Neff says he was bullied, forced to scratch; Iditarod race marshal disagrees
RUBY, Alaska (KTUU) - Hugh Neff was hoping to make it to Nome in his first Iditarod appearance since 2018, but scratched in Ruby on Friday after advancing from the 49th position in the race to second. Neff says he was forced out of the race. Iditarod Race Marshal Mark Nordman disagrees with Neff’s assessment of the events that led to his scratch and says that the dogs are his top concern.
After one of Neff’s dogs died of aspiration during the 2018 Yukon Quest, Neff was suspended from the race for the next year, as well as other subsequent suspensions. Back in the Iditarod for the first time in three years and running veteran Iditarod musher Jim Lanier’s dogs, Neff had dropped dogs from his team at four consecutive checkpoints, but remained among the top five teams in the Iditarod.
“Back in Cripple I think there was some concern about some of his dog team and stuff, you know, some of their weights on their dogs and it was interesting because when I went up to Hugh and talked to him about it, it was you know of course he didn’t agree with me, but we’re always here trying to take in the best interest of the dogs,” Nordman said.
Neff took his mandatory 24-hour break in Cripple and told Alaska’s News Source in an interview that he was told 38 minutes before he left Cripple that his dogs were “skinny.” In Ruby, Neff felt that the veterinarian staff that were checking on his dogs did not raise any health issues at the time he arrived in the checkpoint.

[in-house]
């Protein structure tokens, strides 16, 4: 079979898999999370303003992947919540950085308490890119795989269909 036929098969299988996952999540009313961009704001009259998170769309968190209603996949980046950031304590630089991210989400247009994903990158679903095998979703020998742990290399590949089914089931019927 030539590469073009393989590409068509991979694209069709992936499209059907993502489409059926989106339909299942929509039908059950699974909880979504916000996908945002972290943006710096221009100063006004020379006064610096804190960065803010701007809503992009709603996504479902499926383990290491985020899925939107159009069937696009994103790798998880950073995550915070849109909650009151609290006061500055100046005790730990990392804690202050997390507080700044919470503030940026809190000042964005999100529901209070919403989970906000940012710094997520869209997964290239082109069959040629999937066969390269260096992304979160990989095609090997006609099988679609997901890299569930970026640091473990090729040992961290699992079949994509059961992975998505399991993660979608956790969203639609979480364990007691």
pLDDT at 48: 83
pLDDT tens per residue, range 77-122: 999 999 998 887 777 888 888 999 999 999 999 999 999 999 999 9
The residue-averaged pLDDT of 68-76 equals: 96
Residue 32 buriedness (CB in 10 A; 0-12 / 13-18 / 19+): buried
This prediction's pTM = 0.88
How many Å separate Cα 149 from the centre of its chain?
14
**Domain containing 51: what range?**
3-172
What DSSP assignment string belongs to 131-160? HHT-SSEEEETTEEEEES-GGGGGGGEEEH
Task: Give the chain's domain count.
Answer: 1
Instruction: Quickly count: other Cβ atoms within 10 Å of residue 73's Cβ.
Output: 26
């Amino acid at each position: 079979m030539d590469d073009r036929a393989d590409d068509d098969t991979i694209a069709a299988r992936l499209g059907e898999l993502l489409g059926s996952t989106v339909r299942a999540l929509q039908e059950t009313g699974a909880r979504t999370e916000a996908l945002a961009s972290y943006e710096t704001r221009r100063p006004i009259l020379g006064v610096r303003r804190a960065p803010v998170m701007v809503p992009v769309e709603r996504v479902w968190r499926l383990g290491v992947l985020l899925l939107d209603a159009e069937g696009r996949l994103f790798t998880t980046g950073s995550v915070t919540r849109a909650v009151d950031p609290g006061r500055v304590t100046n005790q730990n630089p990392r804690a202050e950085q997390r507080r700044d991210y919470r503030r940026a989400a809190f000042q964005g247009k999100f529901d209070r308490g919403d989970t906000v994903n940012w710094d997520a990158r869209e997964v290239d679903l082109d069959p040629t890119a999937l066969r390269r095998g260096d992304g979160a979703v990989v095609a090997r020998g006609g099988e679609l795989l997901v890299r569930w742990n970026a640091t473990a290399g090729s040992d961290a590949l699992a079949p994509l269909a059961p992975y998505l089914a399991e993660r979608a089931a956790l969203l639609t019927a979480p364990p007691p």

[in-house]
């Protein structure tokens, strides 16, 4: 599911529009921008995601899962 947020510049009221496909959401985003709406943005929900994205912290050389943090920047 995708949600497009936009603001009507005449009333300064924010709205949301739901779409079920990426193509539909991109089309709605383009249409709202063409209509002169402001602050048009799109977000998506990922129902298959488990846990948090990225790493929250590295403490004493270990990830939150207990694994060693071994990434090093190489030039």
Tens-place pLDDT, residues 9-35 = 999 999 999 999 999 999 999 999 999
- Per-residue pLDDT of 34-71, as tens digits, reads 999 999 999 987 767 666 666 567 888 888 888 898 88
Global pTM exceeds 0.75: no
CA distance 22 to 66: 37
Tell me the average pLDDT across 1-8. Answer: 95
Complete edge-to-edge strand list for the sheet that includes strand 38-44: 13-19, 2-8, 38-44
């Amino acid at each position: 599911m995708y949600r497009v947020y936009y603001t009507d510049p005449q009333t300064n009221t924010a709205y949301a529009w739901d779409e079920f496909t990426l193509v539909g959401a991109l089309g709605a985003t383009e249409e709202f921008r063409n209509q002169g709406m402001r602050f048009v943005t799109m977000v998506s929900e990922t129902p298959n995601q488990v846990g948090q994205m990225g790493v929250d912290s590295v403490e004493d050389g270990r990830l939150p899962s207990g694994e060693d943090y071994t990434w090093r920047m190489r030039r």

“The vets seemed like they were going to let me go onto the next checkpoint, Galena, but then the race marshal showed up, and he didn’t really mention anything they had to say at all. It was all just about the decision he had already previously made,” Neff said while still in Ruby.
Neff said he was running his 33rd 1,000 mile long sled dog race, and was honoring the late Hobo Jim with his traverse along the Iditarod Trail. Neff said that many of his dogs were suffering from diarrhea, and that other mushers had seen similar symptoms on their dog teams.
“I pleaded with him, you know, if I had to stay longer… I really didn’t care what place I finished, I just wanted to get to Nome for Hobo Jim and to honor his legacy… and he said, ‘no, get out, you’re out,’” Neff said. “It is what it is. I love the Iditarod. Unfortunately, some of the folks involved with Iditarod don’t really care for me too much.”
Nordman disagreed with Neff’s description of the events leading up to his scratch at the Ruby checkpoint. Nordman said in an interview that every musher’s application is reviewed prior to the race and that no special attention was paid to Neff’s request by the Qualifying Review Board. Nordman said that he spoke with Neff in Cripple and was told by Neff himself about his team’s struggles in Ruby.
“Hugh had told me that he had been struggling from issues from early on in the race and he felt that they were getting better, but you know for the best interest of his dogs and Iditarod and the sport, it was time for him to leave,” Nordman said. “If he didn’t scratch I would disqualify him.”
Neff said that his pleas to be given extra time to rest his team in Ruby before getting back on the trail were not heard, and that he still hopes to celebrate Hobo Jim’s life in Nome.
“This is in Ruby. It’s a long way from Nome and it was obvious that he was struggling and I didn’t know how much he was struggling until he told me that,” Nordman said.
Nordman said that the Iditarod was working to transport Neff and the dogs back to Anchorage as quickly as possible, and that if Neff applied to race the Iditarod in future years his application would be reviewed the same as any other musher.
“To not even be given a chance seemed really disheartening, and it will probably be the last of me in the Iditarod until hopefully things change in the future,” Neff said.
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